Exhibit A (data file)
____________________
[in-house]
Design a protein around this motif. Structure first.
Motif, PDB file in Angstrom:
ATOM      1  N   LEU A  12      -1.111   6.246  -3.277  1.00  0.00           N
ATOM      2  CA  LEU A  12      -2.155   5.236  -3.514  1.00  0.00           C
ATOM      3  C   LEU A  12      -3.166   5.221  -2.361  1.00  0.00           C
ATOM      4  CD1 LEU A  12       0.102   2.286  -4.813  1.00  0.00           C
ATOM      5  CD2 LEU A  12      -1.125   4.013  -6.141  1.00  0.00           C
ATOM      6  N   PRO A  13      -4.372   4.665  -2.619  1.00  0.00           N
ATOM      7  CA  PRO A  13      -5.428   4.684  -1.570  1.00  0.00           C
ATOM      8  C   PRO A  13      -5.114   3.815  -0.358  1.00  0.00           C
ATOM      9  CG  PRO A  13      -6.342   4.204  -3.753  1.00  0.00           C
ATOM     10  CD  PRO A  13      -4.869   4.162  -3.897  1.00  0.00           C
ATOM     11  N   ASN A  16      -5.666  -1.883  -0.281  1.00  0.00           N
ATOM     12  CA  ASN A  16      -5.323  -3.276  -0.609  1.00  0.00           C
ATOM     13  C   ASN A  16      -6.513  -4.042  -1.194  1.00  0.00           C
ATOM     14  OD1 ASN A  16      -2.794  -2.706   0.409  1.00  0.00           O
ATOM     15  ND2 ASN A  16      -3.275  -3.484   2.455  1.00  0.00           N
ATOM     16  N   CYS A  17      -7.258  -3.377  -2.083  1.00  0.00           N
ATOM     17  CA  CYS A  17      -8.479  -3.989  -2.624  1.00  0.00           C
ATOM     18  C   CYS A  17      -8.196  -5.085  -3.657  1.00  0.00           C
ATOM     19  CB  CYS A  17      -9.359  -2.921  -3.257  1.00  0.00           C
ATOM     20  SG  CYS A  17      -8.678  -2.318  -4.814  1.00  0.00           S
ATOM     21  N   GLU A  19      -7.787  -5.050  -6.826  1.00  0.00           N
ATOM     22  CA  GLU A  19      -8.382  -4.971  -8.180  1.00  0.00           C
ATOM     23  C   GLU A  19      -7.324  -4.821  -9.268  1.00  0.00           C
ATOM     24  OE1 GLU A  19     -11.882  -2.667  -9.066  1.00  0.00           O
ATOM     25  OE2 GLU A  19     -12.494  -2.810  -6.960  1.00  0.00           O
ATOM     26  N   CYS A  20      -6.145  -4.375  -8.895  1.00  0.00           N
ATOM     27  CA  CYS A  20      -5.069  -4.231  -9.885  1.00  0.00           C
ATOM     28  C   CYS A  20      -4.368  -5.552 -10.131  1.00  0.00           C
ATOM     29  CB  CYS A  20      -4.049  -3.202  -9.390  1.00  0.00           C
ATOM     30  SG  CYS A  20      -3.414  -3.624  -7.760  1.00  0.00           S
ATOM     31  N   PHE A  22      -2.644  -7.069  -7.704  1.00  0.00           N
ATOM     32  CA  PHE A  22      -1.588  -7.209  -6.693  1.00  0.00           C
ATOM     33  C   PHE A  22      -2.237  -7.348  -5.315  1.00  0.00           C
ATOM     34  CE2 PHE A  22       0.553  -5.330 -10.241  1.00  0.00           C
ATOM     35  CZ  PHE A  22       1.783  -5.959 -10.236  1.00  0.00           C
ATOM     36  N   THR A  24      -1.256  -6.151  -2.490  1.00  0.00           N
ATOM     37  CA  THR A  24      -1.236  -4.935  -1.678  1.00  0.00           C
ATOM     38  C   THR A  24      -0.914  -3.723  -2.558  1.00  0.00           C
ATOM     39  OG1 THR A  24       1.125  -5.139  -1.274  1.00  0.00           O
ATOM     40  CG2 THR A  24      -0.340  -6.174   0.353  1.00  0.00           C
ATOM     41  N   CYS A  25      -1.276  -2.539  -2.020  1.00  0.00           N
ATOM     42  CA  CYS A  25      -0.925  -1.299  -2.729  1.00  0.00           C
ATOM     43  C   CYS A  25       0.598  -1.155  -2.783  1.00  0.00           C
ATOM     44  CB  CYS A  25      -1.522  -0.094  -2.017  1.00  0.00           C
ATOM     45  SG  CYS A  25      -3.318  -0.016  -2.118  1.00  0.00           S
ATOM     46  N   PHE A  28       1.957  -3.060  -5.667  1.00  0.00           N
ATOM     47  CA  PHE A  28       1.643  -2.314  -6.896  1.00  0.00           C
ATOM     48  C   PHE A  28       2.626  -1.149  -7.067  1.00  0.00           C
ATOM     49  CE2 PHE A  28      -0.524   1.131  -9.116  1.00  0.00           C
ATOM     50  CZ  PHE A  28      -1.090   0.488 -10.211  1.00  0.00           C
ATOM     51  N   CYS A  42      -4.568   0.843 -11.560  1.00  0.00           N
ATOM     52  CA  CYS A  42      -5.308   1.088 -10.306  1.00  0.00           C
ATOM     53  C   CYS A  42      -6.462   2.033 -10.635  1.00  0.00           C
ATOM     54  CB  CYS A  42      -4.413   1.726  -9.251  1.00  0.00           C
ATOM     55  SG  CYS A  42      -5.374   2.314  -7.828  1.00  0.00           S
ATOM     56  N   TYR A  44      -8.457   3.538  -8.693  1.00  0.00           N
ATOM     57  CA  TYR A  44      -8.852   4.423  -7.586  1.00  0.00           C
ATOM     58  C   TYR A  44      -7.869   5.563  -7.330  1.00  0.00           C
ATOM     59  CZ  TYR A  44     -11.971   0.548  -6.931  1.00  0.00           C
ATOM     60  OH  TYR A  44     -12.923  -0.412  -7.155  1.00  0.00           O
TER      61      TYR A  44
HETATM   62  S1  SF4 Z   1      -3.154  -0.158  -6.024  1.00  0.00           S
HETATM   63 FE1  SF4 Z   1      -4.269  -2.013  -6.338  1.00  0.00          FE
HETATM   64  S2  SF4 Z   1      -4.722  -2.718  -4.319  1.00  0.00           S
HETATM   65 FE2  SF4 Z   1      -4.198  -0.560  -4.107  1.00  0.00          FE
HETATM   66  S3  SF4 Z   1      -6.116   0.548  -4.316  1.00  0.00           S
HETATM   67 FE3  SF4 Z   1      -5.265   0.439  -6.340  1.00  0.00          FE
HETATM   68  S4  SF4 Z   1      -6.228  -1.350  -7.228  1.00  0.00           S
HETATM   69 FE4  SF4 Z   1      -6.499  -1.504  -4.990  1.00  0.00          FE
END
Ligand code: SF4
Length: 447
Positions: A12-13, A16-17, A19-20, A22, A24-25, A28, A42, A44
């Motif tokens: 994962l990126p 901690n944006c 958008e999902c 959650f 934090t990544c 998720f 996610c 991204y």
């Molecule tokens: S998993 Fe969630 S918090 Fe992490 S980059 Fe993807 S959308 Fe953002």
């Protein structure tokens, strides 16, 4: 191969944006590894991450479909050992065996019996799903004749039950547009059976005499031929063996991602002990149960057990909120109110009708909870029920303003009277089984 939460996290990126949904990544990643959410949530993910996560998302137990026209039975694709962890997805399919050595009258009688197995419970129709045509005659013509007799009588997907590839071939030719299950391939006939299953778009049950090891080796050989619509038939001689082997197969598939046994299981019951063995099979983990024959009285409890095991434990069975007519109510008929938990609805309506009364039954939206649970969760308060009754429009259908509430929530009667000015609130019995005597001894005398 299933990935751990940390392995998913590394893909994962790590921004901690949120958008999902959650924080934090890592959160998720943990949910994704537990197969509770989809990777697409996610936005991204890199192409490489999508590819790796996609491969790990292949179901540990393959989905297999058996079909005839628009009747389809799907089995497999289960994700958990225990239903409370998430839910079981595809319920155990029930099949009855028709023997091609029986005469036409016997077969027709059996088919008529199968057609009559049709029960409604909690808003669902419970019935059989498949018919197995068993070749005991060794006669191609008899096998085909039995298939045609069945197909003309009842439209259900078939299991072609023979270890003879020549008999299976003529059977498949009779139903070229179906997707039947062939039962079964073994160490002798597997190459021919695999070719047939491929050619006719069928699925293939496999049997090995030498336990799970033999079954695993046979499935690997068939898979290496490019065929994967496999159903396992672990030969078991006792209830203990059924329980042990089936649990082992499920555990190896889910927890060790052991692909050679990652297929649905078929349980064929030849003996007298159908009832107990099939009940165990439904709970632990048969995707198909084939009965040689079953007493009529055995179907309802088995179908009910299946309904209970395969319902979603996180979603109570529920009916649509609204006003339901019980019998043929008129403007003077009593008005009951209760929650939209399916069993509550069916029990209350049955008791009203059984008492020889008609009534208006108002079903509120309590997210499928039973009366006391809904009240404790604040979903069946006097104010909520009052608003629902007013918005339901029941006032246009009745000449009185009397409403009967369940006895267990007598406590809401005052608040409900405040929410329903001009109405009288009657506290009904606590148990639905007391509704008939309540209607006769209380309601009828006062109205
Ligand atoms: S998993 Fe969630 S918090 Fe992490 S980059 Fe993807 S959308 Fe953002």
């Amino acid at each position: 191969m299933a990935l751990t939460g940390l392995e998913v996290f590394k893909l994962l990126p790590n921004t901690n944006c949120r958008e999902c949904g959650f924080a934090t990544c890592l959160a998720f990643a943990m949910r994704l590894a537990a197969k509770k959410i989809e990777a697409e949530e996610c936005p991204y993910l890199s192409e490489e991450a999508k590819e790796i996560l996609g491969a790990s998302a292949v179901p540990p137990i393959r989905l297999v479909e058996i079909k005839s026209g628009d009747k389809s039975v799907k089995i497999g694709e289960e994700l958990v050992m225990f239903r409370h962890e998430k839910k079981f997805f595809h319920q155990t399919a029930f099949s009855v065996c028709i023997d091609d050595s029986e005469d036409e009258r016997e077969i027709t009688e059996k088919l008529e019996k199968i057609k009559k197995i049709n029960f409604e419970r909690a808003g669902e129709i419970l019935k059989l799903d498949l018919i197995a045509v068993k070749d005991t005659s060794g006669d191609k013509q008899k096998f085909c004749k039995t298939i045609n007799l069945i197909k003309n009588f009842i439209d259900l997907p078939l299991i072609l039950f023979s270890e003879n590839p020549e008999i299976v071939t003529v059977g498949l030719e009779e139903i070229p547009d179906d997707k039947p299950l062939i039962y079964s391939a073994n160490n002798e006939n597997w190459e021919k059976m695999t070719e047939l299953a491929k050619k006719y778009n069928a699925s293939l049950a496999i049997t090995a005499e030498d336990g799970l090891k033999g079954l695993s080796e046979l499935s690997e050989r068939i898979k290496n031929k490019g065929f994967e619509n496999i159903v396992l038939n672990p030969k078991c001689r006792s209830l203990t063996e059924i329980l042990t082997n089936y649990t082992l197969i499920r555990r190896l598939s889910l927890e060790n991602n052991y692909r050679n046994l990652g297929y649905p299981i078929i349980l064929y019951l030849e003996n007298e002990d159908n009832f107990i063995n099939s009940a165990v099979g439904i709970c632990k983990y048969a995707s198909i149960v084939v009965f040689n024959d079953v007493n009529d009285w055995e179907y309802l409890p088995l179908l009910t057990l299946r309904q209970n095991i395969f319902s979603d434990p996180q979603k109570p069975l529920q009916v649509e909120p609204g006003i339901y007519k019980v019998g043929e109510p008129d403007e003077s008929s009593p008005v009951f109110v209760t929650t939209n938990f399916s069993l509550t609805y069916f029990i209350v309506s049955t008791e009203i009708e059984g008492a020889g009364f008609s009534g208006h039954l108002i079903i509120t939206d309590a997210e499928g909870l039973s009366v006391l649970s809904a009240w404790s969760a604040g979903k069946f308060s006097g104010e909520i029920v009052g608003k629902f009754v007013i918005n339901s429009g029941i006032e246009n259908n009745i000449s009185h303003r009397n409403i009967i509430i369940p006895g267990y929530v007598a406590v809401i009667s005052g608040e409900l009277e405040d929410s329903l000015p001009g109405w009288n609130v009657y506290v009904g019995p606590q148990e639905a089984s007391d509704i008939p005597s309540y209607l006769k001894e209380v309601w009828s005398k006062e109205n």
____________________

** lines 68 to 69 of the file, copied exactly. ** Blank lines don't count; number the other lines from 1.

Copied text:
HETATM   65 FE2  SF4 Z   1      -4.198  -0.560  -4.107  1.00  0.00          FE
HETATM   66  S3  SF4 Z   1      -6.116   0.548  -4.316  1.00  0.00           S